Archives for posts with tag: 2016

Still trying to figure out how to best visualize Trump’s overwhelming victory on Election Day in Florida. The following panel of figures draw on precinct-level data that our Election Sciences team at UF has helped me collect. The data presented here show only the precincts in the state in which white voters made up at least 75% of the votes cast for each method of voting (Election Day, Early In-Person, and Vote-by-Mail), and that had at least 100 ballots cast for each method.  In other words, these are heavily white precincts where whites cast at least 75% of all ballots cast for each method of voting.

Running along the X-Axis is the proportion of the overall vote that Trump won (so, from 0% to 100%). The height of each vertical bar (there are a total of 60 bars) constitutes the fraction of the total votes Trump received — that is, add them all up and they equal 100% of Trump’s total votes by each method). The red vertical line in each panel is set at .5, or precincts in which Trump won 50% of the total votes cast.

Trump by Precincts3

As should be clear, Trump crushed it Election Days in these predominantly white precincts. The peak of the very tight normal distribution curve for Election Day voters in precincts where three-fourths of the votes cast were by white voters is greater than 65%.  Trump did not do nearly as well (relatively speaking) among vote-by-mail voters in predominantly white precincts; he fared better with predominantly white precincts whose voters cast early in-person ballots.

Stay tuned for similar graphs with Trump’s support among predominantly Hispanic precincts, broken down by method of vote.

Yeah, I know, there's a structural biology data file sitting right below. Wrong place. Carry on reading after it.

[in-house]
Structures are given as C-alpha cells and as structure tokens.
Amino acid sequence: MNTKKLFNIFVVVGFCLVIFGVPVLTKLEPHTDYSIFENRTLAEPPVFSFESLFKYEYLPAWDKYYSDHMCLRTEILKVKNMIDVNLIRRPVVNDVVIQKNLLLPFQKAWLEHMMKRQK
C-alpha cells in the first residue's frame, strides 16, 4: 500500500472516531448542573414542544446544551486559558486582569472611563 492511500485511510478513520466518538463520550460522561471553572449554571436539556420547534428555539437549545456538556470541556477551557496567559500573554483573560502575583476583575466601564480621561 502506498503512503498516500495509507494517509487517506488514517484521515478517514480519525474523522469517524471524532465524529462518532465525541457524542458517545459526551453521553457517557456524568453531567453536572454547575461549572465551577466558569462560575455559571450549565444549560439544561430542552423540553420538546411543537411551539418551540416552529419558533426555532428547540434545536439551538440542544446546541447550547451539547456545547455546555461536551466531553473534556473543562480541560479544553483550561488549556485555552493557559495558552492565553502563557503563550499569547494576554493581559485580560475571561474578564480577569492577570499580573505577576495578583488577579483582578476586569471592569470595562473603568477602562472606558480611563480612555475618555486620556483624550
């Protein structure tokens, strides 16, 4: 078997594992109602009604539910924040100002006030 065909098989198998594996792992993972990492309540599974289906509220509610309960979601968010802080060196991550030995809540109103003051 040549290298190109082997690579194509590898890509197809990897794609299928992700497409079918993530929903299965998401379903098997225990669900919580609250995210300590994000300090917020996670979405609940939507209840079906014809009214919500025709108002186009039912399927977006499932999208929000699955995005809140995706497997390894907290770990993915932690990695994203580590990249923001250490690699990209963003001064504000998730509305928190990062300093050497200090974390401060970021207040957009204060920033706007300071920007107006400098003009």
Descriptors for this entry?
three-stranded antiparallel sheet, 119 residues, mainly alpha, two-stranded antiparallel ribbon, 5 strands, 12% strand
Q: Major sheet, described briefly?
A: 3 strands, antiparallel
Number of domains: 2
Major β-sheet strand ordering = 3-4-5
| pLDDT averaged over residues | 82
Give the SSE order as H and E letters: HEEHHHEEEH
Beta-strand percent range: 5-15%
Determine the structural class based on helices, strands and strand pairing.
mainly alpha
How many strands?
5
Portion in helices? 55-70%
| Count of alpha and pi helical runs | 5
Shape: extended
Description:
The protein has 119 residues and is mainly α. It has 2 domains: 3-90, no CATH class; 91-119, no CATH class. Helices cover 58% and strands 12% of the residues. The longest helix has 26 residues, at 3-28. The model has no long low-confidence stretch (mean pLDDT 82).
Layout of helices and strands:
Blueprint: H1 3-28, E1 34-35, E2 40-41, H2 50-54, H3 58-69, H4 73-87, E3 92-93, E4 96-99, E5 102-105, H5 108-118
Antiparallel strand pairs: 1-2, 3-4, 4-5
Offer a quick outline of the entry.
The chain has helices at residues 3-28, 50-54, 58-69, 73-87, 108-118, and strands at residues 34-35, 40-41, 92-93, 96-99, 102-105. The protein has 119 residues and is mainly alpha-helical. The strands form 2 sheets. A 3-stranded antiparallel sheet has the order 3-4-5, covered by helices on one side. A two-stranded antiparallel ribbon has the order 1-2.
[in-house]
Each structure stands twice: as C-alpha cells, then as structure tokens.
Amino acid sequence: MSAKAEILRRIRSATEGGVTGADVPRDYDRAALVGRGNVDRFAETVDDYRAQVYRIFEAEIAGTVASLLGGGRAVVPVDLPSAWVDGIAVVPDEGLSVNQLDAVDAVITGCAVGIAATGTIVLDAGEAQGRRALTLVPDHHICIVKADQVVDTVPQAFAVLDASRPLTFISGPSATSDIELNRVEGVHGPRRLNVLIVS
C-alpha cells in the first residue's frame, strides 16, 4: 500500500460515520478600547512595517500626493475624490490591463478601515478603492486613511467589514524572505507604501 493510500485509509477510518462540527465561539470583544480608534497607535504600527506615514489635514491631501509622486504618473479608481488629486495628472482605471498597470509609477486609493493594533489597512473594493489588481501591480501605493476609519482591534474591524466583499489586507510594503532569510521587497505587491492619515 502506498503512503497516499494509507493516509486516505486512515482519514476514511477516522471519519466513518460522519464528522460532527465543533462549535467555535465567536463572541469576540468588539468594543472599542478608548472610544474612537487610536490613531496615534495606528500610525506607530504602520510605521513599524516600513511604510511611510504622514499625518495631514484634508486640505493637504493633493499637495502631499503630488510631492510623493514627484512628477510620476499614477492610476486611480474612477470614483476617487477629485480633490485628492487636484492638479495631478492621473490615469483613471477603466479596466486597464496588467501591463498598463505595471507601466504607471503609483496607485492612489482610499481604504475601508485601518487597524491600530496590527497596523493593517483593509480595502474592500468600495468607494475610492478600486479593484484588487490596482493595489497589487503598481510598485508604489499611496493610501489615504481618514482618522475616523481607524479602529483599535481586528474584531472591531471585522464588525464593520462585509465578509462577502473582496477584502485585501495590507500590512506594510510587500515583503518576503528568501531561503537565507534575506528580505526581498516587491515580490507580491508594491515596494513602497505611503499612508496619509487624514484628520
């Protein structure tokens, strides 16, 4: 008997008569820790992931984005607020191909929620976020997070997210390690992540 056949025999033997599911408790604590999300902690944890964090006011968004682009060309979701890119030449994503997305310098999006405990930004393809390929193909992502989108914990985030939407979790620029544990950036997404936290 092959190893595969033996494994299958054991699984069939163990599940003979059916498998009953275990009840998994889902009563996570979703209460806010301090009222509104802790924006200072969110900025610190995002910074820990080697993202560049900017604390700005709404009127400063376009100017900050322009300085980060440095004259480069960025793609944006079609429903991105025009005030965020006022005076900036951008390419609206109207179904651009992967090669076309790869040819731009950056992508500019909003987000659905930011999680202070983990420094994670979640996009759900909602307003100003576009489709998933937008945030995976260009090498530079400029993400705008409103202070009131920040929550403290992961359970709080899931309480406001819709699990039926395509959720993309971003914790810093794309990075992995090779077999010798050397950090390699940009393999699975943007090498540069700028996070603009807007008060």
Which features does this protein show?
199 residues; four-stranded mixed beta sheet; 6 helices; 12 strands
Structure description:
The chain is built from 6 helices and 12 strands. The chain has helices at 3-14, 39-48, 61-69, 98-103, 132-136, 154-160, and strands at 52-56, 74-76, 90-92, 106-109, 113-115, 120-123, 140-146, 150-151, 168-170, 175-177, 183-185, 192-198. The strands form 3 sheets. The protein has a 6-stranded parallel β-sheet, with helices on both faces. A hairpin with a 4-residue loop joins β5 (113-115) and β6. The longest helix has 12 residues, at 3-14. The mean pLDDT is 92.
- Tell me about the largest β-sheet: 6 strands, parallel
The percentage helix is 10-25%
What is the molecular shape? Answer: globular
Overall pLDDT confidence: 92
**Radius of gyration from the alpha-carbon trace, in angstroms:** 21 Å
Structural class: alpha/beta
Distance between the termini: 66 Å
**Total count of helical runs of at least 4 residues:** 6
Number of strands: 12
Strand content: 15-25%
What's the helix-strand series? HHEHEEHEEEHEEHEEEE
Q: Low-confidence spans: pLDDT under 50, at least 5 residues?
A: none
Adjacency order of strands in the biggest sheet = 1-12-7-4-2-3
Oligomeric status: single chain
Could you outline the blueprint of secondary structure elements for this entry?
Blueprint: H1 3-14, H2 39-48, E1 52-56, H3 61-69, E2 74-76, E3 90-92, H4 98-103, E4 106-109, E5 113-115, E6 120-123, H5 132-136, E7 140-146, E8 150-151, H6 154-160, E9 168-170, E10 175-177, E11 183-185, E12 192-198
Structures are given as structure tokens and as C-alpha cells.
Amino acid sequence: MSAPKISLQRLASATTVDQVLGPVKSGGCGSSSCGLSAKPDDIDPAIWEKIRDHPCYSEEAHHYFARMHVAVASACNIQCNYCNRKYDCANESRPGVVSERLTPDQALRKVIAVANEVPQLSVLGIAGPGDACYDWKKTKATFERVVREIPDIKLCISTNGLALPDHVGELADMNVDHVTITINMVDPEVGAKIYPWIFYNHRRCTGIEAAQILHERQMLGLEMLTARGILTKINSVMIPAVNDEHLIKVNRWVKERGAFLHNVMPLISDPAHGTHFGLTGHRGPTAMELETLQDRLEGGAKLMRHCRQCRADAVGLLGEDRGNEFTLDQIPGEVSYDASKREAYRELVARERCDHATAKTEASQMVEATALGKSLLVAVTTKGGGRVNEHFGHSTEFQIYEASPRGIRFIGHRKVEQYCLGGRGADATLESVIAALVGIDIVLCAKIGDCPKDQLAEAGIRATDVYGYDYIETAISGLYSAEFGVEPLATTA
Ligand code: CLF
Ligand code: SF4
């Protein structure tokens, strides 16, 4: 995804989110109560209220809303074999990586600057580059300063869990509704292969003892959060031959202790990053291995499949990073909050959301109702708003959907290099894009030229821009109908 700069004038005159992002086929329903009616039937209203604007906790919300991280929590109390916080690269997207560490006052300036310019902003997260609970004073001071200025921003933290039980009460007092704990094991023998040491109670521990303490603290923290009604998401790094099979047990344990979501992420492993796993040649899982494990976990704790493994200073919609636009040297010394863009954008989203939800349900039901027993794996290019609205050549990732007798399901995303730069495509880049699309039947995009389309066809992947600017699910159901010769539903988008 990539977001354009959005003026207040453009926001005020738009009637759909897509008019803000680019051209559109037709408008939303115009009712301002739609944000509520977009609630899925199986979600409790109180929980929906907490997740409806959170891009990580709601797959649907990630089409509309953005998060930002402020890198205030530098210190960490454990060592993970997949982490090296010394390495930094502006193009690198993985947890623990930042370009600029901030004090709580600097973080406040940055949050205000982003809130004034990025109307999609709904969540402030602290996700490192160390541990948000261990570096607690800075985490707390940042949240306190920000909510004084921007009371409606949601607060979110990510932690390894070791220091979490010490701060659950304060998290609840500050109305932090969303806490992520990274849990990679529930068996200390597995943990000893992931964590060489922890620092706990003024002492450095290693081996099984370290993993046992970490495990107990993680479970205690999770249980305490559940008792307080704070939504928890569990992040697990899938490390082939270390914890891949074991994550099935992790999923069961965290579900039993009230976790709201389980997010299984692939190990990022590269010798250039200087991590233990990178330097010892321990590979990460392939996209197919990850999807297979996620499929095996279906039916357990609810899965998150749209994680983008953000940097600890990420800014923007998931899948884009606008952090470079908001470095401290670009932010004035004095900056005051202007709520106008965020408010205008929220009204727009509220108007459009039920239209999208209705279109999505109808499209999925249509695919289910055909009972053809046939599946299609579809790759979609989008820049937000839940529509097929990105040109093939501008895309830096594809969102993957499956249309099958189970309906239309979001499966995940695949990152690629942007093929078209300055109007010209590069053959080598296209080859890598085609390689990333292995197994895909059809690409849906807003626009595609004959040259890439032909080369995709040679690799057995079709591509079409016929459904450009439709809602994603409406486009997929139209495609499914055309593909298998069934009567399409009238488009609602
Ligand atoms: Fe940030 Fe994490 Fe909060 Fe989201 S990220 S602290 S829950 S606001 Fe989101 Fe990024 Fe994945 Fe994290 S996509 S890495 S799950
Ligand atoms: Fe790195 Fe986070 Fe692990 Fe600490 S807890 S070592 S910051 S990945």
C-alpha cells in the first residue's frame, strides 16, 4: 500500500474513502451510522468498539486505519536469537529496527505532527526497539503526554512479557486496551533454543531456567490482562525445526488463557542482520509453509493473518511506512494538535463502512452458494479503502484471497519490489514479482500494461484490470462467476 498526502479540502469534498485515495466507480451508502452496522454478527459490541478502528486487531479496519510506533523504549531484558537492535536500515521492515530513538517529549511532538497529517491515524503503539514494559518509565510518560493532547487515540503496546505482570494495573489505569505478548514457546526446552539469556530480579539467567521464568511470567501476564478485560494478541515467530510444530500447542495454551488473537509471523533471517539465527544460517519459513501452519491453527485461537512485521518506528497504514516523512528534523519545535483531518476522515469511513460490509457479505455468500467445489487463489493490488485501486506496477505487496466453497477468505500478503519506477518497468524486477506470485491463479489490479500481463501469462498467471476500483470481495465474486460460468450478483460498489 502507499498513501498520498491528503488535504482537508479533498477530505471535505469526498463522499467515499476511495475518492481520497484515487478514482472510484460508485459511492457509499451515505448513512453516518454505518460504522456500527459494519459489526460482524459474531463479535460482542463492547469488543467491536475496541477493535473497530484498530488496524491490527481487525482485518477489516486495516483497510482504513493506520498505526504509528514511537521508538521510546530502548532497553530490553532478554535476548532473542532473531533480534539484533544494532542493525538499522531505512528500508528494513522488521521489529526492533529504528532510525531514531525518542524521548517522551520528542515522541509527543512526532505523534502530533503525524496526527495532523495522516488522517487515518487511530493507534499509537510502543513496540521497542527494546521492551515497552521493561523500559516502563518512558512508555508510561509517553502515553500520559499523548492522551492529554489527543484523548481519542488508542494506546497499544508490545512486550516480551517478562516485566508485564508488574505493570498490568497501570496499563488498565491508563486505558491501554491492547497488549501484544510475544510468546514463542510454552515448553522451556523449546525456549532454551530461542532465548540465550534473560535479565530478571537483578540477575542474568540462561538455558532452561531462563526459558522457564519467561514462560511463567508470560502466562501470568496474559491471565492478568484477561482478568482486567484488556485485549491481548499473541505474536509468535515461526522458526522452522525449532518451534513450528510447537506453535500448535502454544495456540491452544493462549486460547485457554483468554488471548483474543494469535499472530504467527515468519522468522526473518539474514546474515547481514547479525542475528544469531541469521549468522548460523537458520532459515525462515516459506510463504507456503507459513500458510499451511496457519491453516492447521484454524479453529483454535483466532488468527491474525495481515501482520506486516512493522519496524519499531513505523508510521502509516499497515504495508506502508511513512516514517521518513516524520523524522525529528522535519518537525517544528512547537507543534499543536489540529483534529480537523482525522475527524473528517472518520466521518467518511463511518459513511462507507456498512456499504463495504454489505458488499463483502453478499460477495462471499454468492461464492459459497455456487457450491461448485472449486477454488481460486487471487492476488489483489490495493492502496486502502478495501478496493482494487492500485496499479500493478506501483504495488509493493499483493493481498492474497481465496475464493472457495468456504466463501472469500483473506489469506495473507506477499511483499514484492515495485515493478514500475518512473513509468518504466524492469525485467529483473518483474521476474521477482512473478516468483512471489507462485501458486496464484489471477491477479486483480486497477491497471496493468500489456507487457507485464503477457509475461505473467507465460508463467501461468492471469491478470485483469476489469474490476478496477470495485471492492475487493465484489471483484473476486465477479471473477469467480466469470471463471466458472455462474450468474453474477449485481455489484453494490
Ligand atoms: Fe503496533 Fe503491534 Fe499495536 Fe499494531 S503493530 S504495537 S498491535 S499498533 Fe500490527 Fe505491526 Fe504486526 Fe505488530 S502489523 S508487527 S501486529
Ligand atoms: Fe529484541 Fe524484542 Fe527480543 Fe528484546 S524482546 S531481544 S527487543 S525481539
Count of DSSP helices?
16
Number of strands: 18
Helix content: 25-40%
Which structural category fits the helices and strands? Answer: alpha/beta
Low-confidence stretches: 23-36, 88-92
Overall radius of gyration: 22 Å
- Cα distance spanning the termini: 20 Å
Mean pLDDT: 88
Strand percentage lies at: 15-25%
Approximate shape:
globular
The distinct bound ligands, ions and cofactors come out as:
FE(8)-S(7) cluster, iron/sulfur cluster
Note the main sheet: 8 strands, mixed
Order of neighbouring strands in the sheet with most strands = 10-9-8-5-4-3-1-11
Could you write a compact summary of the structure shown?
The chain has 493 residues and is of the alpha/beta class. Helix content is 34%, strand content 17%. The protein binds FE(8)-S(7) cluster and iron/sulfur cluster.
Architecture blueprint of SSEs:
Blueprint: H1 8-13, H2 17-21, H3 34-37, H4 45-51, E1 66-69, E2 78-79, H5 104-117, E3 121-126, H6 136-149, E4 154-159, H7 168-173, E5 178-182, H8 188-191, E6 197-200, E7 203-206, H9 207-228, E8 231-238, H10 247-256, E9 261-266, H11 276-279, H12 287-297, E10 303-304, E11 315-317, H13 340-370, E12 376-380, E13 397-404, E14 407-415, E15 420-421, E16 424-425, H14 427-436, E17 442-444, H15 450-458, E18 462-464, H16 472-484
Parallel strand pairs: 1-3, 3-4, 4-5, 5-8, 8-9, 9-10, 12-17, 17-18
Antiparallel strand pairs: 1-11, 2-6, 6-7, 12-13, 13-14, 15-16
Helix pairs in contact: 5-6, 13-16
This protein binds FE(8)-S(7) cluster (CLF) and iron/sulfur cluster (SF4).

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TotVoters_ABTurnout_PrecinctResults1TotVoters_EVTurnout_PrecinctResults1TotVoters_EDTurnout_PrecinctResults1

(In each graph, the X-Axis is a precinct’s Election Day or Vote-By-Mail or Early In-Person votes cast out of total votes cast in that precinct by all three methods. The Y-Axis is Trump’s and Clinton’s share of total votes cast out of votes for all presidential candidates for each of the three methods.)

In his detailed article today, New York Times Upshot’s Nate Cohn asks the following:

“Is it possible that the registered Democrats who turned out were Trump supporters, and that the Democrats who stayed home were likelier to be supporters of Mrs. Clinton? Perhaps, but our polling suggests the opposite. In our pre-election Upshot/Siena polls, voters were likelier than nonvoters to support their party’s nominee.”

My preliminary analysis from Florida suggests otherwise. Along with my UF Election Sciences team, we painstakingly collected precinct-level election results for Trump and Clinton by method of voting (early in-person, vote-by-mail, and Election Day) from the nearly 6,000 precincts in Florida’s 67 counties, parsed them and cleaned them up, and then merged the presidential results with precinct information gleaned from the Florida voter file. Since we know which method of voting Florida voters used to cast their ballots, we’re able to make lots of different kinds of precise estimates. One goes to the heart of Nate’s question, at least for Florida.

The plot below shows the proportion of total votes cast on Election Day by White Democrats in each precinct, and the vote share for Trump and Clinton won on Election Day.  The horizontal (X-axis) reveals that the range of White Democratic Election Day voters making up a precinct’s total Election Day votes ranges from 0% (e.g., heavily Republican, or Hispanic and Black precincts) to a handful that top 40%.

The precinct dots (weighted by Election Day turnout) and the accompanying lowess fit lines suggest a telling pattern: Trump generally won a greater share of the Election Day vote in precincts where the share of White Democrats exceeded 5% of the total Election Day votes cast on Election day. The greater the share of White Democratic Election Day voters, the greater Trump’s share of the vote.

WhiteEDDem_ResultsWeightTurnout

(This is the identical plot, just with Trump’s precinct vote share overlaying Clinton’s precinct vote share.)

WhiteEDDem_ResultsWeightTurnout2

Interestingly, the pattern doesn’t exist for either Early In-Person or Vote-by-Mail votes cast in a precinct by White Democrats (see below), suggesting that some 11th hour surprise (hmmm, I wonder what that could have been, James Comey?), may have influenced the vote choice of White Democrats who waited until Election Day to cast their ballots.

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